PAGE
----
You’ve got your media standards, he’s got his.

You might recall a story that recently popped up on the New York Times’ college sports blog, The Quad, about the recruitment of Jamarkus McFarland of Lufkin, Tex., who gave a verbal commitment to the University of Oklahoma.

That story rather sensationalized certain parts of McFarland’s recruiting process, particularly at the University of Texas – but keep in mind that was based on the kid’s own description of what he claimed to have experienced.  Needless to say, Mack Brown was less than pleased over what was published.  Matters became somewhat more strained when McFarland acknowledged to that some of the details he relayed to The Quad were “spiced up”.

The Times being the Times, eventually this sort of “he said, he said” stuff catches the eye of the paper’s ombudsman and we get treated to a rather tortuous nitpicking of the reportorial process.

… The Times asked McFarland to clarify his conflicting remarks, and after two days, he sent a text message that cleared up nothing. It said he had respect for Evans, that his school paper was written “to capture and inform my audiences,” and “I stand by this story and I have moved on.”

Adams said that since The Times article was published, her son has been the target of racial slurs from angry Texas supporters, and she said she would not let him talk to reporters in the future. But she defended Evans’s story. “An article was written, and I was very well pleased with it, and that’s that,” she said.

What really happened? I asked Evans how much he pressed for independent verification of the party. He said he asked for the name of the hotel, and McFarland could not remember it. The reporter did not ask who invited the young man to the party, who accompanied him or who else might have witnessed the lurid events.

Evans said that in retrospect, he could have done more to get independent corroboration of the party. But he said that McFarland and his mother had never misled him during their long association…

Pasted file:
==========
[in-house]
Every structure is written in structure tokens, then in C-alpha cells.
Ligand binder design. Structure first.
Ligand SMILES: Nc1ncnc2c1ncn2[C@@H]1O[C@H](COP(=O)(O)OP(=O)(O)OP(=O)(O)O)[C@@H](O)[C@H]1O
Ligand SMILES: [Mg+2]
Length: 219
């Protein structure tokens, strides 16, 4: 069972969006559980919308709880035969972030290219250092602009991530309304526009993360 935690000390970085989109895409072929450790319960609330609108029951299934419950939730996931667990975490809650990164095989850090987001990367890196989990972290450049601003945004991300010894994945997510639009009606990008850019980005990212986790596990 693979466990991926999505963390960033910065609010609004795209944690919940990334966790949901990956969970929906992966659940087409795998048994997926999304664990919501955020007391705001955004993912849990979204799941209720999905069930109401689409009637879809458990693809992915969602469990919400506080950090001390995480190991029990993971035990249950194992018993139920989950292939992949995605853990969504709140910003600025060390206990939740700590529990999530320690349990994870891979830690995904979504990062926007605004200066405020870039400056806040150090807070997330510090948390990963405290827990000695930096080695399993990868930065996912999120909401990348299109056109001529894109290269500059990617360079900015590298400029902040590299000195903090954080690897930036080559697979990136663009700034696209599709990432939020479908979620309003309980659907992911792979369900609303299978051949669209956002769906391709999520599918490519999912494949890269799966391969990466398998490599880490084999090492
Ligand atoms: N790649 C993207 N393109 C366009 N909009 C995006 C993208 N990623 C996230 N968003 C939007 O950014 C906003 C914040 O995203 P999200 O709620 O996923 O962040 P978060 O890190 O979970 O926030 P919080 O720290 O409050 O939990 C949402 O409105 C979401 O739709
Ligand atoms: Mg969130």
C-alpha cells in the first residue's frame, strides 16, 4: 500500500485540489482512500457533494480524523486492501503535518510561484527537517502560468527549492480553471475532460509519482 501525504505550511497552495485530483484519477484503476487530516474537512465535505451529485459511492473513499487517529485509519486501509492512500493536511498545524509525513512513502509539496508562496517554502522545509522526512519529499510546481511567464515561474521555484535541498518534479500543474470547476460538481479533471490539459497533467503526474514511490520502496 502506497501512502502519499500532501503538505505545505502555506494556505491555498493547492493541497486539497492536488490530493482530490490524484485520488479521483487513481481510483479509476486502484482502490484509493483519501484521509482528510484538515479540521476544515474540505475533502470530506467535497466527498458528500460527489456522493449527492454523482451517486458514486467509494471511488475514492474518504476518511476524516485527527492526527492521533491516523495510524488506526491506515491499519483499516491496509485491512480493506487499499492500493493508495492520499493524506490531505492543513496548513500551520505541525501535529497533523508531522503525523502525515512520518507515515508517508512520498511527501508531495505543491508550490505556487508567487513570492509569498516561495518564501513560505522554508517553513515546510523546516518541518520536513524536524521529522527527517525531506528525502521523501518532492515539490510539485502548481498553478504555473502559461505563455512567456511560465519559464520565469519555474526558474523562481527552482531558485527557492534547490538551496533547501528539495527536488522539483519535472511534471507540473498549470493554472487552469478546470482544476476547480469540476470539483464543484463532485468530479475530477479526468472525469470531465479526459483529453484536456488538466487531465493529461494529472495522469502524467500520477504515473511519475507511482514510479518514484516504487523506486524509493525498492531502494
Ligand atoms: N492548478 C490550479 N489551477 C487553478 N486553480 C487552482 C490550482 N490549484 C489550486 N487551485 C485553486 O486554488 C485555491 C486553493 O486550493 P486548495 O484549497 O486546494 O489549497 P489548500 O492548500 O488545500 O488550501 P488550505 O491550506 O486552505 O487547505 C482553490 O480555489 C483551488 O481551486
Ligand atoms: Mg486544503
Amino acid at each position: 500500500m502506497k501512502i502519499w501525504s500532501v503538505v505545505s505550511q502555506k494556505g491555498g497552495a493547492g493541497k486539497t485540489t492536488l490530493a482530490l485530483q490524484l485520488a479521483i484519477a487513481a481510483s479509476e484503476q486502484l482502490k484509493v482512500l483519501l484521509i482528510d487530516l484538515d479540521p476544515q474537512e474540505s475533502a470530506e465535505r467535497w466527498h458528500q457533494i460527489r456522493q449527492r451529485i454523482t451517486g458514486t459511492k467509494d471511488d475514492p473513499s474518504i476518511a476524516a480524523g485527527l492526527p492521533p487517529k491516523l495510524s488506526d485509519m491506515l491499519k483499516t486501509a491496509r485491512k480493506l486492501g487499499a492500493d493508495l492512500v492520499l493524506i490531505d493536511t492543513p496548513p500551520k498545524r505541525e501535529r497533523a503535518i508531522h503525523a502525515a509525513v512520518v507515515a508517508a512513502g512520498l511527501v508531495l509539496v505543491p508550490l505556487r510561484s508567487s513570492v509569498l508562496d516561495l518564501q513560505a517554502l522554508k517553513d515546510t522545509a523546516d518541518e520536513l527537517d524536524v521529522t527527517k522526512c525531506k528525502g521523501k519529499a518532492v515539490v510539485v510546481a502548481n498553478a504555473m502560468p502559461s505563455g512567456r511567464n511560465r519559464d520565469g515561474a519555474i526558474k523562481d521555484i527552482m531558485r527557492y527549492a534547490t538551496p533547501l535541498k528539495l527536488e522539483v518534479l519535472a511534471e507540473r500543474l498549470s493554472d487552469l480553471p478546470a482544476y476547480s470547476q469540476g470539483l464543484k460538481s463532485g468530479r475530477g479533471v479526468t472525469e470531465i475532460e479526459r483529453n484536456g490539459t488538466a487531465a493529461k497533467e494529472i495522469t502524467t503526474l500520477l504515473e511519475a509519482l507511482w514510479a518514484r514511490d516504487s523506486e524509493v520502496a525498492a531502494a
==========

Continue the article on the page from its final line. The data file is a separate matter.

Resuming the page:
It seems to me that this is the sort of problem to expect when mainstream media decides to dip its toe into the new media waters of the Blogosphere.  Evans winds up in a sort of virtual no-man’s land with a story that had it appeared in a typical college football blogger’s post would have gotten some attention without being questioned too much – after all, the fact that McFarland did say those things about Brown’s program isn’t in dispute – that instead opens up questions about his journalistic integrity due to the story being published under the Times’ auspices.

And, no, I’m not saying I know what the right answer is here.  The Times has a reputation to protect that’s far different from a blogger like me publishing anonymously, that’s for sure.

But the irony of this hasn’t escaped me, either.


Filed under Media Punditry/Foibles, The Blogosphere

7 responses to “You’ve got your media standards, he’s got his.

  1. Faulkner

    The Times quit caring about telling the truth years ago. Journalism itself is not what it once was. Sites like yours are good because you care about the topic you write about and are willing to get to the bottom of the story.


  2. Hackerdog

    I’m with Faulkner. The Times is simply trying to trade on the reputation it used to have. I put no more stock in the veracity of Times stories than those posted at the Huffington Post. Sometimes they’ll be right. Sometimes they’ll be wrong. Sometimes they’ll be invented from whole cloth. But it sure used to be a good paper.


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  4. Ally

    Just curious, is there any word on whether McFarland’s claims of the recruiting shenanigans (by each of the programs mentioned, quite frankly) will be investigated?


  5. Thayer Evans is a solid sports reporter working for what is still the most influential news organization in the world.

    Yes, the blogosphere is a nice addition to the spread of information, but there are 1 million blogs, some good, some bad, many just awful…

    Good for the NYT for being this rigorous about the accuracy and fairness of the article. I hate Texas U more than any other school (including Florida), but that article, as hilarious as it was, was way too uncritical of McFarland and his mom.


  6. Hate to say it but NYT has little reputation left to pony up right alongside their non-credibility problem. Hmmmm……and besides that its written by a bunch of yankees. Is there a reason we should care about this?


  7. Hmmmm……and besides that its written by a bunch of yankees.